TL;DR: The coronavirus has left election officials in Pennsylvania and New Jersey scrambling to prepare for short staffing, health hazards at the polls, and high demand for mail-in voting. Also, the Inquirer takes you inside Temple University Hospital’s COVID-19 facility.

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— Allison Steele (@AESteele, health@inquirer.com)

What you need to know

🛑 Dr. Anthony Fauci said a "rolling reentry” of the U.S. economy is possible for parts of the country in May, but said he couldn’t guarantee it will be safe to vote in person by the November election.

👐 Nursing home deaths from the coronavirus have surged from 450 nationwide to more than 2,600 in less than two weeks.

🏥 British Prime Minister Boris Johnson was released from the hospital after battling COVID-19.

💰 A loss of revenue from fuel, tolls and other traffic-related fees could delay thousands of road and bridge projects around the nation.

⛪ Archbishop Nelson Pérez wrote a column asking Catholics to keep the faith, and “look to God with renewed hearts and minds.”

Local coronavirus cases

📈 As of Sunday evening, there are more than 14,700 reported cases in the Philadelphia area. Track the spread here.

  • PHILADELPHIA: 6,386 confirmed cases (up 234 since yesterday)
  • SUBURBAN PA: 5,490 confirmed cases (up 288 since yesterday)
  • SOUTH JERSEY: 2,897 confirmed cases (up 201 since yesterday)

When Wisconsin’s primary election went forward as planned last week, resulting in long lines, masks and voters who were forced to weigh safety risks against their right to vote, it sent a vivid warning to local officials about what could go wrong in the primary elections still to come. Those hoping to avoid a repeat in Pennsylvania and New Jersey have much to do and little time.

States are increasingly turning to mail-in voting, but the shift isn’t easy. Changing habits, processing and counting mail-in ballots, while also keeping polling places open and safe, requires expensive equipment, training, and new staffing. It makes for a long to-do list, with not much time before Pa.'s rescheduled June 2 primary and New Jersey’s on July 7.

Less than two months ago, Temple University Hospital’s Esther K. Boyer Pavilion was an office building for departments like cardiology, neurology, and surgery, linked to the hospital building by a covered bridge. Last month Temple redeployed the building as its coronavirus hospital. “We’re doing a lot of things that we wouldn’t normally do before,” Claire Raab, associate chief medical officer, told reporter Lisa Gartner. “You never think you’re going to be FaceTiming people’s families to say goodbye."

Helpful resources

Let’s take a quick break

🏈 Are the Eagles comfortable with Nate Sudfeld being an injury away from the starting QB job?

💗 When writer Brad Aronson’s wife got sick with leukemia, the couple was overwhelmed by the outpouring of kindness from friends, family, and complete strangers.

🏆 Remembering Phyllis Snider Foreman, who created the Flyers nickname and helped design the team logo.

Social distancing tip of the day: Take a “porchrait” of your neighbors

Photographer Kevin Monko observes social distancing guidelines as he takes a photo from the front seat of his car of Adrienne Gainer and Michael Rogowski and their goldendoodle Hudson on the front porch of their Collingswood home on April 7. He calls them “porchraits," black-and-white family photos of people on their front porches or in their yards that capture this restrictive moment in time.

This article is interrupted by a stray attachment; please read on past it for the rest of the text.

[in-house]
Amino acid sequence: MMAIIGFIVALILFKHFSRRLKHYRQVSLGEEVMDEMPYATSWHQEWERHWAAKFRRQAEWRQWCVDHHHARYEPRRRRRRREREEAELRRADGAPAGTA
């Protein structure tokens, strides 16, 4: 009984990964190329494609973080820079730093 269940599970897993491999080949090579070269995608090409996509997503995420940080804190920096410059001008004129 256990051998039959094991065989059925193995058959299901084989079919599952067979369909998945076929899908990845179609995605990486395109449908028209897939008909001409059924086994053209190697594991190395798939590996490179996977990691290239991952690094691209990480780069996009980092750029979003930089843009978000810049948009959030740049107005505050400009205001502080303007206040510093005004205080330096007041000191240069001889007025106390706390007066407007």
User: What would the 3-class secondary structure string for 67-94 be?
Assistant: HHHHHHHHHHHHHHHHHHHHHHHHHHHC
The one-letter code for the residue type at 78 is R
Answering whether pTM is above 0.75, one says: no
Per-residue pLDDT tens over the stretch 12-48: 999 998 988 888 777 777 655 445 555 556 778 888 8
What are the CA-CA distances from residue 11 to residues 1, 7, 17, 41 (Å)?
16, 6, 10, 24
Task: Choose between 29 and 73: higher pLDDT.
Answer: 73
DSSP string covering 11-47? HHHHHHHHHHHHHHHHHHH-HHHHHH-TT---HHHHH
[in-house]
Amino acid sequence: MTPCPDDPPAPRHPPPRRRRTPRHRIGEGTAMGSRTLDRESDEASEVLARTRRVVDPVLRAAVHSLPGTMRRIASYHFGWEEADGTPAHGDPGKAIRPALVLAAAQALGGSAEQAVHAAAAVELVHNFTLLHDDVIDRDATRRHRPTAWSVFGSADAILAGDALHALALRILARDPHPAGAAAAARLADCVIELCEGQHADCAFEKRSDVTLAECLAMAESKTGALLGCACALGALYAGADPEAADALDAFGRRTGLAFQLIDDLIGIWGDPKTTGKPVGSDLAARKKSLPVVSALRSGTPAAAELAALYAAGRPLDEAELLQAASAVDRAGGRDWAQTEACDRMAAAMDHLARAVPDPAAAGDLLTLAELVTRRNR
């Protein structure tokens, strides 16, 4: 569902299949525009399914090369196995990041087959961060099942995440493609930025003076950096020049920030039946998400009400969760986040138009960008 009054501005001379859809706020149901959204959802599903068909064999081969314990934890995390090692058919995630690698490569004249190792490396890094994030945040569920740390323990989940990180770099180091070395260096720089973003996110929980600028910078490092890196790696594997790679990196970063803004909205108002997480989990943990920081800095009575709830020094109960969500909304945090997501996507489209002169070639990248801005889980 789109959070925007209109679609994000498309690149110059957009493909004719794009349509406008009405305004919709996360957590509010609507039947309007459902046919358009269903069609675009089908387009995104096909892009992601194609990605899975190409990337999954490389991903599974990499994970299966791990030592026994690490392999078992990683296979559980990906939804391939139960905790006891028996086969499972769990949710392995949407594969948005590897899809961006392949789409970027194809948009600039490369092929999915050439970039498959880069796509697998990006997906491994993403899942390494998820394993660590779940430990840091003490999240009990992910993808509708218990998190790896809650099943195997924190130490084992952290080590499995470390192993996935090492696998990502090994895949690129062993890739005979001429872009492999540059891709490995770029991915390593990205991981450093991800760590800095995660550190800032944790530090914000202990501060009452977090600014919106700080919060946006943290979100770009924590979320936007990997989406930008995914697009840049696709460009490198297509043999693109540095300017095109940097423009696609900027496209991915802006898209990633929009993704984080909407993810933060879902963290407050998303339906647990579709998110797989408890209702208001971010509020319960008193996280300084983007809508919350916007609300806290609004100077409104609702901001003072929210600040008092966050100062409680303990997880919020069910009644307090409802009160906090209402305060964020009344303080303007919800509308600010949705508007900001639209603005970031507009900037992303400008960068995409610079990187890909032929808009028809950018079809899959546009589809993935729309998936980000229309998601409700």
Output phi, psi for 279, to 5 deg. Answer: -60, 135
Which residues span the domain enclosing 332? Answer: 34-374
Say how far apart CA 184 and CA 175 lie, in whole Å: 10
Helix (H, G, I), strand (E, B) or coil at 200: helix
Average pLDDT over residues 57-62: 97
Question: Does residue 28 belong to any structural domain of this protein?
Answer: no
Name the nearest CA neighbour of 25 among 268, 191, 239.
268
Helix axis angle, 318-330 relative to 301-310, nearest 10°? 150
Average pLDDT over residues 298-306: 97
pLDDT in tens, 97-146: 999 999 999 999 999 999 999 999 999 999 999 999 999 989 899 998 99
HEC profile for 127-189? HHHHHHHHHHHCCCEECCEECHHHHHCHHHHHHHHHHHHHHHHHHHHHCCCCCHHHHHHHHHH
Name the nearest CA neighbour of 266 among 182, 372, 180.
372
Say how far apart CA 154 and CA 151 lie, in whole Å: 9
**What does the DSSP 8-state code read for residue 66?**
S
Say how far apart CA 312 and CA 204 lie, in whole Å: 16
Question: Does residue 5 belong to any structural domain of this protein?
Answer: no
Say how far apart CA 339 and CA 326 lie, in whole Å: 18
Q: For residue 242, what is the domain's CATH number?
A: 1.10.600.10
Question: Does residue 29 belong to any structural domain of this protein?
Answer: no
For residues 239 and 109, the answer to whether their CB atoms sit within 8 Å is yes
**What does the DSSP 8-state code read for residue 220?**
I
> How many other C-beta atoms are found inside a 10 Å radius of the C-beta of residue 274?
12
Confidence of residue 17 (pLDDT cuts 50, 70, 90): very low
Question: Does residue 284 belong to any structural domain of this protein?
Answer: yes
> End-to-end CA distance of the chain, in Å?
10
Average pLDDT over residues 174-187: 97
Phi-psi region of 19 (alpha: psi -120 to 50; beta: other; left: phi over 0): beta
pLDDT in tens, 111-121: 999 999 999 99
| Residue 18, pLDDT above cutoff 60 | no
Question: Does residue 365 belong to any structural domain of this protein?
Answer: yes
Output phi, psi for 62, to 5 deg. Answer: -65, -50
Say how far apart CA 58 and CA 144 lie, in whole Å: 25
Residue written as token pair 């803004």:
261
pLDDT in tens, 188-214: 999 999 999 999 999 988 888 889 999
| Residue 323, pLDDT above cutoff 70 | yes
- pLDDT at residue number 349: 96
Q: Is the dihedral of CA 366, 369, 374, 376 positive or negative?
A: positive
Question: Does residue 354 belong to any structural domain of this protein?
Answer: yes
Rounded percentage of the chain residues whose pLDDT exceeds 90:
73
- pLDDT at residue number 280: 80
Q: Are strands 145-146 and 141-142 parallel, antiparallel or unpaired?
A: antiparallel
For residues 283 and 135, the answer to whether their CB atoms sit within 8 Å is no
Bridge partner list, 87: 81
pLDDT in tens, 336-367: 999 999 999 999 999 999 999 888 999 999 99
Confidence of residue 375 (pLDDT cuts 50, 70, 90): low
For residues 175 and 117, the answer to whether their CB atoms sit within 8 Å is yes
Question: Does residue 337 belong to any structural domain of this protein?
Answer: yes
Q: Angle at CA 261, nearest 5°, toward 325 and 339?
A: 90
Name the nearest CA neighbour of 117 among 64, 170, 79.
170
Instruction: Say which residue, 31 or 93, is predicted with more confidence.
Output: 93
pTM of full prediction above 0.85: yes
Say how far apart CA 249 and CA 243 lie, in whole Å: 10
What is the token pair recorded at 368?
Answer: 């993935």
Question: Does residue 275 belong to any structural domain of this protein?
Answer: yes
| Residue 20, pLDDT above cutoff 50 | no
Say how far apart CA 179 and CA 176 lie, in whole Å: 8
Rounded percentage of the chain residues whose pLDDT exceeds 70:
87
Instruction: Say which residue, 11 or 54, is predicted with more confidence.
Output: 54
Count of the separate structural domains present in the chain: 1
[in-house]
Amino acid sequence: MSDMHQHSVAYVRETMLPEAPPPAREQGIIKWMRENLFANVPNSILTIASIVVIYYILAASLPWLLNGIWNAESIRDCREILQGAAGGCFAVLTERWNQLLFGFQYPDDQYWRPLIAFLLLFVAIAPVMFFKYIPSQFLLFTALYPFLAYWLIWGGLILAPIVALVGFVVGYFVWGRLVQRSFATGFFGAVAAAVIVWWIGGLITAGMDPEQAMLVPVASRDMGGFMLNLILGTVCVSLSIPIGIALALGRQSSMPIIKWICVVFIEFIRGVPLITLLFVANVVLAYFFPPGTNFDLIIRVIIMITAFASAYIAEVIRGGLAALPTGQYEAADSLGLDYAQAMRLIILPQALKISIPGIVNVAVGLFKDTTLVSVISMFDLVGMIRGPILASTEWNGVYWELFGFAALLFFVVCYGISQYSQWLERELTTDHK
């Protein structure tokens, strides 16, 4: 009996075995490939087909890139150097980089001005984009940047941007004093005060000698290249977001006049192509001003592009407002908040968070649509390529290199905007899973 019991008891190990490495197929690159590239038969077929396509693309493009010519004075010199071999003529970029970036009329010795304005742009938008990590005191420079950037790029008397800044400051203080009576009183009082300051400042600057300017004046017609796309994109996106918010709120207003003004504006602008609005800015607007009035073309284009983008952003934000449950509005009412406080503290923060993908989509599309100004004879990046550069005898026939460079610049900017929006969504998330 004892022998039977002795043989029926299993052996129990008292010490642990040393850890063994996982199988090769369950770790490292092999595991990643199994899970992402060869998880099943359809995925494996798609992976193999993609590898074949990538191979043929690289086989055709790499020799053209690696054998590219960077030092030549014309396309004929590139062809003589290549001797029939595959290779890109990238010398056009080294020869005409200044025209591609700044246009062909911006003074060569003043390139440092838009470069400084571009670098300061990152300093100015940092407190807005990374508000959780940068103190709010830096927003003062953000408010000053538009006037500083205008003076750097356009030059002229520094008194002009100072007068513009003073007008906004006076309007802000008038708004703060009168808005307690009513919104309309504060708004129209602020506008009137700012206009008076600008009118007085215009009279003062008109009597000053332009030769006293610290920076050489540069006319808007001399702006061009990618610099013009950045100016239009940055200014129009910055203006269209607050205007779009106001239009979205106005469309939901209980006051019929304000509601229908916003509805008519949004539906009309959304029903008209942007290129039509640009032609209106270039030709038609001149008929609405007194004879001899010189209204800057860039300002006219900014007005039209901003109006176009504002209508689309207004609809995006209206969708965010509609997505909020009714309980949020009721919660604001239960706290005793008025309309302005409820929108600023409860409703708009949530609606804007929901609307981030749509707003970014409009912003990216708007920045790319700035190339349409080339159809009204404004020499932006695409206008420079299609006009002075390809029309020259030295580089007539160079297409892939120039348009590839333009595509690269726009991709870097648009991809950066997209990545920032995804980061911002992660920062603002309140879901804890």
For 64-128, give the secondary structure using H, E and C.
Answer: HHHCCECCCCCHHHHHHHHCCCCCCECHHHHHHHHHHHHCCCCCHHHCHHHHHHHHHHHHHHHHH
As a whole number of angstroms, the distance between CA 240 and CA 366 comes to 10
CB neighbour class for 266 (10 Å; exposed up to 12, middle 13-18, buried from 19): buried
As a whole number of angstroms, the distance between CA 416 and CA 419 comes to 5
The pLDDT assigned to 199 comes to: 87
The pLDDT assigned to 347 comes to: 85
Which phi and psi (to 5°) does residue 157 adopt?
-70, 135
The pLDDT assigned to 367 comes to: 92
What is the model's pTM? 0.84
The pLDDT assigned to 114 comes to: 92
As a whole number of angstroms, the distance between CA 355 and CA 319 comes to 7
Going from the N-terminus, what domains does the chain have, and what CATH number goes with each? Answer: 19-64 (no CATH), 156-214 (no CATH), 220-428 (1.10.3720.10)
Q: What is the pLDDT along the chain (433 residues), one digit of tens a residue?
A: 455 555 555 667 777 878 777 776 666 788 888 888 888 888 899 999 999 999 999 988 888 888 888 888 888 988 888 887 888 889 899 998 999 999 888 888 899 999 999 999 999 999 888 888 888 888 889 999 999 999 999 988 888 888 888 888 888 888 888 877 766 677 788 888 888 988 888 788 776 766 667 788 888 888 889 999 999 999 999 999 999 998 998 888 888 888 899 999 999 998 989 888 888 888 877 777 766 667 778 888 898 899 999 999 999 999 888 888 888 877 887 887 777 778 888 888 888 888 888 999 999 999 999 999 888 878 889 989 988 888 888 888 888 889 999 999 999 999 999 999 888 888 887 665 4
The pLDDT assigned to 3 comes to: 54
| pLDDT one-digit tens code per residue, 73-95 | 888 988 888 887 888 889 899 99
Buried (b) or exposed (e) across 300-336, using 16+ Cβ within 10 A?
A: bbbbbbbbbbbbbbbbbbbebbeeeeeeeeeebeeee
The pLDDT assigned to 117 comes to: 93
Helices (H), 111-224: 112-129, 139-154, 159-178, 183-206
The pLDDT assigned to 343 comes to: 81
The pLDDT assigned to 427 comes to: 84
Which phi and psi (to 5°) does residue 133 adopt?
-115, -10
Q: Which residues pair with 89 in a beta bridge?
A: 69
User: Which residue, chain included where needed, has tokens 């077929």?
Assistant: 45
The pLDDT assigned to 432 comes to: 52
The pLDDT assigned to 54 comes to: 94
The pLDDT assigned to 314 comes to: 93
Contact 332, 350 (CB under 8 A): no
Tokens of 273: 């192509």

TOM GRALISH / Staff Photographer
Photographer Kevin Monko observes social distancing guidelines as he takes a photo from the front seat of his car of Adrienne Gainer and Michael Rogowski and their goldendoodle Hudson on the front porch of their Collingswood home on April 7. He calls them “porchraits," black-and-white family photos of people on their front porches or in their yards that capture this restrictive moment in time.

When his photography work abruptly dried up a few weeks ago in the wake of the pandemic, a Collingswood photographer began capturing local residents for a project he calls Drive-By Porchraits.

Have a social distancing tip or question to share? Let us know at health@inquirer.com and your input might be featured in a future edition of this newsletter.

What we’re paying attention to

  • Some criticized San Francisco Mayor London Breed for shutting down the city before COVID-19 emerged there. But according to The Atlantic, the city is now a model for how early, aggressive action can prevent a major outbreak.
  • Many of the nation’s largest farms are destroying millions of pounds of food they can’t sell.
  • The Detroit News profiled a Michigan woman who lost her husband and son to the virus over three days.

It’s not all horrible

Corey Purcell (left) and Charlie Richard play outside St. Martin-in-the-Fields Episcopal Church in Chestnut Hill Sunday as part of an Easter parade with two bagpipe players and a drummer.
DAVID MAIALETTI / Staff Photographer
Corey Purcell (left) and Charlie Richard play outside St. Martin-in-the-Fields Episcopal Church in Chestnut Hill Sunday as part of an Easter parade with two bagpipe players and a drummer.

In Chestnut Hill, a church turned to bagpipes to reach those who were forced to stay inside on Easter. "I was just trying to find a way to say, ‘What can we possibly do?' We want to follow the rules, and keep people safe,” explained the Rev. Jarrett Kerbel, the rector at St. Martin-in-the-Fields. “And so I just thought, well, bagpipes! They’re loud. You can hear them inside your house.”

News about coronavirus is changing quickly. Go to inquirer.com/coronavirus to make sure you are seeing the newest information.